LEDs are bringing a lighting revolution to our cities not seen since the days of Thomas Edison. The quantum dynamics that create light in the LED semiconductor represent as much of a technology step change as the move from candles to incandescent lamps in the 19th century.


——Efficiency. Energy savings from 50% to 70% compared with conventional technologies result in similar cuts to carbon emissions.

——Controllability. Superior control over light color, intensity and direction allows novel lighting system designs that can deliver a wide range of social co-benefits. Outdoor LEDs offer improved visibility for pedestrians and traffic, as well as reduced light pollution. Indoor LED smart control systems have been shown to improve student behavior and study performance. And when smart controls allow LEDs to dynamically change lighting levels in response to conditions, total system energy savings can reach up to 80%.

——Lifespan. Well-designed LEDs are expected to last for 50,000 to 100,000 hours or more. Lifespans can be extended even further by coupling LEDs with smart controls.

The report concentrates on street lighting, a massive energy consumer responsible for up to three percent of world electricity demand, but including total lighting demand, the strategic implications are significant:

The numbers are big. Lighting worldwide accounted for 19% of grid-connected electricity generation and 9% of global energy use in 2006. The 6% of global greenhouse gas (GHG) emissions attributed to lighting is equivalent to 70% of the emissions from the world’s passenger vehicles.In the United States alone, cutting the energy used by lighting by 40% would save US$53 billion in annual energy costs, and reduce energy demand equivalent to 198 mid-size power stations

Jun 26, 2012 at 8:31 PM | Unregistered CommenterDung

"Sad to see that Paul McCartney has fallen for the greenpeace mantra."

I thought he was one of the instigators!

Jun 26, 2012 at 5:31 PM | Registered Commenterjamesp

How much did the Met office spend...just to get this result? H/T GWPF
Reminder: Met Office Computer Models Are Complete Rubbish
Monday, 25 June 2012 16:38 administrator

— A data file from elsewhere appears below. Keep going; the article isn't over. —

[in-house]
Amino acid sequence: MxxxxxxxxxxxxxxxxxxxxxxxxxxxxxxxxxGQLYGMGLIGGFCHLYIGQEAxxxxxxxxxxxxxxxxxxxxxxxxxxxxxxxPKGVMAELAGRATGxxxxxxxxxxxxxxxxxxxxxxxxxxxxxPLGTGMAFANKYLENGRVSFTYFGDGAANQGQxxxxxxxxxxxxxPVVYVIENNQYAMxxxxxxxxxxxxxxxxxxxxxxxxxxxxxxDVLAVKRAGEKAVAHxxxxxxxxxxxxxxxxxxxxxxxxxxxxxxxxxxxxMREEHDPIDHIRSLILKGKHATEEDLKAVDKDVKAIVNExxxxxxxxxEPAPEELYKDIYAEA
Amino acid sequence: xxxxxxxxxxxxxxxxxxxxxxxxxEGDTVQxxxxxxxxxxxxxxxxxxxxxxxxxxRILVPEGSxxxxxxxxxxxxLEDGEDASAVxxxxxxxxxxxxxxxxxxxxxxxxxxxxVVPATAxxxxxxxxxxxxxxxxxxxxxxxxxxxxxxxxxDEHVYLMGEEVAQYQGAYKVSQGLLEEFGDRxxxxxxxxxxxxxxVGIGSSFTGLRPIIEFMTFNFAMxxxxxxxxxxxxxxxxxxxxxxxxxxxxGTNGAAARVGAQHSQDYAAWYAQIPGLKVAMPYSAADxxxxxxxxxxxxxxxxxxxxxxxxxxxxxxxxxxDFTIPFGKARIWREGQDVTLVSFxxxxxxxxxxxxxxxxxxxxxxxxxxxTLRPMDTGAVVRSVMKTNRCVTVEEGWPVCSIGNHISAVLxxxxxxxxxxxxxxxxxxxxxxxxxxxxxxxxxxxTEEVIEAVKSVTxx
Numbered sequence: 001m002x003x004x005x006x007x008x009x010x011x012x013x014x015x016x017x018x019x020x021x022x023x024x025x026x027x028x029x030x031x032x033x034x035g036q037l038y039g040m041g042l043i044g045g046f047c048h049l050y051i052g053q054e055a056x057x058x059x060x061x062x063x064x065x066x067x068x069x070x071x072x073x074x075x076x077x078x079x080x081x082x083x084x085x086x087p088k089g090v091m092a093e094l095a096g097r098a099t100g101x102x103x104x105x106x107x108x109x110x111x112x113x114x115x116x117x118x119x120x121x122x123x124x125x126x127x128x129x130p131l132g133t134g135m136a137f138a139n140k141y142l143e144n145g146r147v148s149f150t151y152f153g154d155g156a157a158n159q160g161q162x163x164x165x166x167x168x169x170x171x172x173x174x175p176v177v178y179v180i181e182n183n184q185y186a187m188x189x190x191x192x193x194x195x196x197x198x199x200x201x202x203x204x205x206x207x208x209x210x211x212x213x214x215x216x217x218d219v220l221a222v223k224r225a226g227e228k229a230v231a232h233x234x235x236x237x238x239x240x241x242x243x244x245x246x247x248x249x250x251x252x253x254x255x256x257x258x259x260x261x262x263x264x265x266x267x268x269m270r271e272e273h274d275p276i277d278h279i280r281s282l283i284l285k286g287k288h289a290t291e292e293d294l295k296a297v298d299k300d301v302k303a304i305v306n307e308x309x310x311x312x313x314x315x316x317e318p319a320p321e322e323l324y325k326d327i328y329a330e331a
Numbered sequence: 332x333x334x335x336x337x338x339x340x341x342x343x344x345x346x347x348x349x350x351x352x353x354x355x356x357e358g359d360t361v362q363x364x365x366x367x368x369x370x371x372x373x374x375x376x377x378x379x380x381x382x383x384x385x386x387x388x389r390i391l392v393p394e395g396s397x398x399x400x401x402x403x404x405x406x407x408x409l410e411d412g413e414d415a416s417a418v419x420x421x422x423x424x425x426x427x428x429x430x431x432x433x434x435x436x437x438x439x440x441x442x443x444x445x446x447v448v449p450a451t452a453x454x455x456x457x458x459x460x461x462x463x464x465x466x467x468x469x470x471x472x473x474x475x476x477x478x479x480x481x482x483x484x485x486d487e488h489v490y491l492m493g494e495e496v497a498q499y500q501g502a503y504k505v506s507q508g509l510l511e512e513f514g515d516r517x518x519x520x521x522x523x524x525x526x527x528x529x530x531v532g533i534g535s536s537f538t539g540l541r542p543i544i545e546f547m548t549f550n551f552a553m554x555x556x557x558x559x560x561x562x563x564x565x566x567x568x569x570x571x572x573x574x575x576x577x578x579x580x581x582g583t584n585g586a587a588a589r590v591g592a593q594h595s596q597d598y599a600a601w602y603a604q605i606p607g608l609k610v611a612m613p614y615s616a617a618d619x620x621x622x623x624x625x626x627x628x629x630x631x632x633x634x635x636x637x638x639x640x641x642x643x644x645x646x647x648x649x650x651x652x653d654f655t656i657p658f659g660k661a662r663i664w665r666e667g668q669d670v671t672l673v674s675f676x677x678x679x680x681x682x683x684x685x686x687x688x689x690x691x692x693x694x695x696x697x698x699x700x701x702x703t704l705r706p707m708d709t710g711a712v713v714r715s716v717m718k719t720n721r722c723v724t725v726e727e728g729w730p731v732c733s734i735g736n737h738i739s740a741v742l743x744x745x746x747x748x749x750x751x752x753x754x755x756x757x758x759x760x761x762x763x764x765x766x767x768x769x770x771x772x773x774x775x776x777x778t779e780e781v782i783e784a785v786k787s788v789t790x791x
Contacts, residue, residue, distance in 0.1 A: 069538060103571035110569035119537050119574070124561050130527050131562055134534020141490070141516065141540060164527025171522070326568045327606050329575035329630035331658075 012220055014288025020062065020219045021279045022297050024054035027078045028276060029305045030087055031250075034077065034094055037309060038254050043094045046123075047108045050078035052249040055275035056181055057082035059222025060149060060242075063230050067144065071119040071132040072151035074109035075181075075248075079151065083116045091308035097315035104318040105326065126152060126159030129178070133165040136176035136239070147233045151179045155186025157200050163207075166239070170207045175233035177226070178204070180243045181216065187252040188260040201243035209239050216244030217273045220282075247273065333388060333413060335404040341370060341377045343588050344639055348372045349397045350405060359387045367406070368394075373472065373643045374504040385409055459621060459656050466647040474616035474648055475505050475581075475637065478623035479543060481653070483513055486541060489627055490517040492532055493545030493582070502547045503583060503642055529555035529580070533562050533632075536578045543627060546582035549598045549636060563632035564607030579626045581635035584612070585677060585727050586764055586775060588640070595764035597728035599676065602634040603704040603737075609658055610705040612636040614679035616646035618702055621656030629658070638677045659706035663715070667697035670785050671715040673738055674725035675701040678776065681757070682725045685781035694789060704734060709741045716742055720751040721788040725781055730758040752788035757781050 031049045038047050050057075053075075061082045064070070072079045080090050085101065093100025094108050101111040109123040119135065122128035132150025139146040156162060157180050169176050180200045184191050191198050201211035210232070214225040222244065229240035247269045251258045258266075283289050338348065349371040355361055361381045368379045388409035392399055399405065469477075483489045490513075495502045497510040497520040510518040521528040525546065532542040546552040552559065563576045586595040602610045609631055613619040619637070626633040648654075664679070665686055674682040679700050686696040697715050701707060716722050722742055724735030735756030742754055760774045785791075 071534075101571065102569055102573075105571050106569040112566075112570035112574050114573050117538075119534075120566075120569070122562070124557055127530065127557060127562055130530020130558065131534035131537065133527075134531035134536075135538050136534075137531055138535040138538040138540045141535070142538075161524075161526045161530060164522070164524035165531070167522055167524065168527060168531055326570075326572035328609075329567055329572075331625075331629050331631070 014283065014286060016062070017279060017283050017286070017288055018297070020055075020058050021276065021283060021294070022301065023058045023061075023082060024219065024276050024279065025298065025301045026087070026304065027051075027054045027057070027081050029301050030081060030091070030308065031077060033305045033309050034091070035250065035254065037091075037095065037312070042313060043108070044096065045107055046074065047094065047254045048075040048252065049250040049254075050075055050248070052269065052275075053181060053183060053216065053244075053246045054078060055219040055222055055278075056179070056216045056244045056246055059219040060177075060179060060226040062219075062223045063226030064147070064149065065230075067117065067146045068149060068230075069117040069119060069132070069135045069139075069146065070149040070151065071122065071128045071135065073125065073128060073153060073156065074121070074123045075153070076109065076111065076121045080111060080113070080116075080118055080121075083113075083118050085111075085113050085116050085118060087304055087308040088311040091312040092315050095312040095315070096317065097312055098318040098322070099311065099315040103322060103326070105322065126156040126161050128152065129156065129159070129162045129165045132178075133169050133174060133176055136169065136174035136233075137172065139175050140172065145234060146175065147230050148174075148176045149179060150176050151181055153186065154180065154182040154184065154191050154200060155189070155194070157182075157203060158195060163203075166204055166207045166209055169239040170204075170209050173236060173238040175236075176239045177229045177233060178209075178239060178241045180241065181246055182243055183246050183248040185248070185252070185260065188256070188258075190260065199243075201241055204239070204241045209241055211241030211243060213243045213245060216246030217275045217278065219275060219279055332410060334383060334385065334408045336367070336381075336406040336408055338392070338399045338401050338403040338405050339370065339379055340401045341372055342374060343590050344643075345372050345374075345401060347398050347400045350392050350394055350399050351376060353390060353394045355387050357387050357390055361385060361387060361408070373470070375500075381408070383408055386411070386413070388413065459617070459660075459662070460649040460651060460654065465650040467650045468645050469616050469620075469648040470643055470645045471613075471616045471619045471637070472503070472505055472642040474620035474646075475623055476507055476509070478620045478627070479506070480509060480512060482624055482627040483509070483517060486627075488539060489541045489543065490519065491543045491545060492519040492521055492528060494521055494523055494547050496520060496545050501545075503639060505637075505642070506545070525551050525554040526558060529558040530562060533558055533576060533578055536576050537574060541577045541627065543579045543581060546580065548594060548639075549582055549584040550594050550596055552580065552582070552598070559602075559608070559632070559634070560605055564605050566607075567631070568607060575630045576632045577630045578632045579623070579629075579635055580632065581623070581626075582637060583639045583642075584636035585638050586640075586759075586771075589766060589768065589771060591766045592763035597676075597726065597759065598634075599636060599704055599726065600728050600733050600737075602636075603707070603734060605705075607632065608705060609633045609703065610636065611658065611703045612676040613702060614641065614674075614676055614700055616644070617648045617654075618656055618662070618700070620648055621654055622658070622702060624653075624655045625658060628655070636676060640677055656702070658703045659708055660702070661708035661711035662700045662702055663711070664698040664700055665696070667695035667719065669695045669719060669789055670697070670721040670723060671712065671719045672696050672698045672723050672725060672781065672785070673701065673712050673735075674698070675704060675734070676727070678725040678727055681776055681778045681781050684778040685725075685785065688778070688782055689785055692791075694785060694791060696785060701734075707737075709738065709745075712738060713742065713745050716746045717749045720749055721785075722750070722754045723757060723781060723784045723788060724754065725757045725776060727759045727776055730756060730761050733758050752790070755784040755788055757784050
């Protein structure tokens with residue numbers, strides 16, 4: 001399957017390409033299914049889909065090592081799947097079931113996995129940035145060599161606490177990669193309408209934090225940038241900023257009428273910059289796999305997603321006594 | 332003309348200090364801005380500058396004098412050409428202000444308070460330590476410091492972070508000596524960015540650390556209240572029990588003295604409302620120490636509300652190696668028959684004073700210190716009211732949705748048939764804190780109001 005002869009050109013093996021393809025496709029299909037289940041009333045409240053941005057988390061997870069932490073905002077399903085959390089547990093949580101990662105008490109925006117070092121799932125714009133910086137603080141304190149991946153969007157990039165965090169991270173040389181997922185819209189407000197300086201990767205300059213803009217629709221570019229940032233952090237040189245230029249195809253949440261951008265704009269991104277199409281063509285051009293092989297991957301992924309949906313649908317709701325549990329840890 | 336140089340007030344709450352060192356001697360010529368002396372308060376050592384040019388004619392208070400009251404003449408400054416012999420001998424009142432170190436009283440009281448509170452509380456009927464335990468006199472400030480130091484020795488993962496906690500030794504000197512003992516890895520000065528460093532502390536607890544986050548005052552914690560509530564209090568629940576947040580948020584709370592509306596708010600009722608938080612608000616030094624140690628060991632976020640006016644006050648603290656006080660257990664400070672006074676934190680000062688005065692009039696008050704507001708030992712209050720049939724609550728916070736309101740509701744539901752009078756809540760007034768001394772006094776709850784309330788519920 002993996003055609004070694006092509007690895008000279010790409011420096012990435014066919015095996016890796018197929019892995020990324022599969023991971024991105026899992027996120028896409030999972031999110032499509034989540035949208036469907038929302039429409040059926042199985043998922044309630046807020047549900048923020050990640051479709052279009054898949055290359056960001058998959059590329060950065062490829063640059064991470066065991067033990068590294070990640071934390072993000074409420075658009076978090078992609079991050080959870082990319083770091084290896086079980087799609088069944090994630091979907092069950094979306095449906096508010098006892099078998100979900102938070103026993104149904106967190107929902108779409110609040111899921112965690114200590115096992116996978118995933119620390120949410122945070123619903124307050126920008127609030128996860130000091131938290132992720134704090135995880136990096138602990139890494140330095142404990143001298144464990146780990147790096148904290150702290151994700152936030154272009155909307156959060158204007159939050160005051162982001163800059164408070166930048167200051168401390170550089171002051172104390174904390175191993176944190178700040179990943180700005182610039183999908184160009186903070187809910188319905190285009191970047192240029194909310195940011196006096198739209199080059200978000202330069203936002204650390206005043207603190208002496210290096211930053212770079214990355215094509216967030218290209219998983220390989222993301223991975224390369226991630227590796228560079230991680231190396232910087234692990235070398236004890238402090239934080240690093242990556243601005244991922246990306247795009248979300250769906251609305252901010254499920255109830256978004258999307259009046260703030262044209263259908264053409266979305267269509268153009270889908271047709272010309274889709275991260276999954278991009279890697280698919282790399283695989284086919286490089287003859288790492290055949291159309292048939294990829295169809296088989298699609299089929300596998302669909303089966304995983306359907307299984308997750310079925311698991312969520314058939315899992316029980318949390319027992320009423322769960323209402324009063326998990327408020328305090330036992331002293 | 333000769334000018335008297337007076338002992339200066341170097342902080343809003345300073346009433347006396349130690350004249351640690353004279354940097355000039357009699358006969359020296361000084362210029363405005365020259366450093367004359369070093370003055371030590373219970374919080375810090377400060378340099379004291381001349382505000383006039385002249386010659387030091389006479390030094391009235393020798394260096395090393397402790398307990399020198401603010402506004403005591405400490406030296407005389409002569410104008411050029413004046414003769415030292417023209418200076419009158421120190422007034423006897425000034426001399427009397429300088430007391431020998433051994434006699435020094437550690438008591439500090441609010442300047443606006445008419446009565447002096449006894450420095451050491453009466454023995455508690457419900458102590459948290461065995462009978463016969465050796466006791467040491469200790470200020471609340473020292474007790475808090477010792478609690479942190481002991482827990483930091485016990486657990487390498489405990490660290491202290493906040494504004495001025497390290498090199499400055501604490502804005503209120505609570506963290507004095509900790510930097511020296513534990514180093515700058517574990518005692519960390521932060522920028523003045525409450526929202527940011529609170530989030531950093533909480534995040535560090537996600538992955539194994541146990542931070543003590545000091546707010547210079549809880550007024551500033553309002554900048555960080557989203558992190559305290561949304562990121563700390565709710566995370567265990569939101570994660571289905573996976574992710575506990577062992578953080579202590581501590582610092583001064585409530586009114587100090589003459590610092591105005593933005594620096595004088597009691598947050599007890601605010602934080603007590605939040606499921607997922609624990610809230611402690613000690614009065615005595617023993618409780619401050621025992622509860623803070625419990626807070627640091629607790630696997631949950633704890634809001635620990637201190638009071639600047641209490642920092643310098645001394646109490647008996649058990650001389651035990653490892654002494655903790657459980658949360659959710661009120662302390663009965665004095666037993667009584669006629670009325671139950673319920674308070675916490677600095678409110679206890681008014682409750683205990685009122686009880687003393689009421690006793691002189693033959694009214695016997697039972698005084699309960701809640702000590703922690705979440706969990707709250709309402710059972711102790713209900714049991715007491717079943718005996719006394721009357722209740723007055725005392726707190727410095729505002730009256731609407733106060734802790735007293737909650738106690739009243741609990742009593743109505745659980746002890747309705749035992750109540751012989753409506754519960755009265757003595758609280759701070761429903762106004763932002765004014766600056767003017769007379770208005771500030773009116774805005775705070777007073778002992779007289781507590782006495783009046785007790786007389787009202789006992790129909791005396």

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Met Office 3-month Outlook, 23 March 2012: "The forecast for average UK rainfall slightly favours drier-than-average conditions for April-May-June as a whole, and also slightly favours April being the driest of the 3 months. With this forecast, the water resources situation in southern, eastern and central England is likely to deteriorate further during the April-May-June period... This forecast is based on information from observations, several numerical models and expert judgement."


April: 2012 had wettest April for 100 years, Met Office says "It has been the wettest April in the UK for over 100 years, with some areas seeing three times their usual average, figures from the Met Office show. Some 121.8mm of rain has fallen, beating the previous record of 120.3mm which was set in 2000."

June: June on course to be wettest in a century: Flooding, storms and persistent showers have blighted the country in recent weeks putting this June in line to become one of the soggiest in 100 years.

25 June: Spring is wettest in Britain for 250 years - England and Wales are on course for the wettest late spring and early summer for 250 years, experts said yesterday. June has just seen its fourth washout weekend and yet more downpours are forecast. Now it is feared combined rainfall for April, May and June will break the record of 13.2in (336mm) set in 1782 and be the highest since records began in 1766.

Maybe they should stick to long term forecasting where they aren't always totally wrong! The reason I say that is that none of us will be alive in 100 years so we can't be absolutely certain how accurate they will be, futurewise!

Jun 26, 2012 at 4:07 PM | Registered Commenterpeterwalsh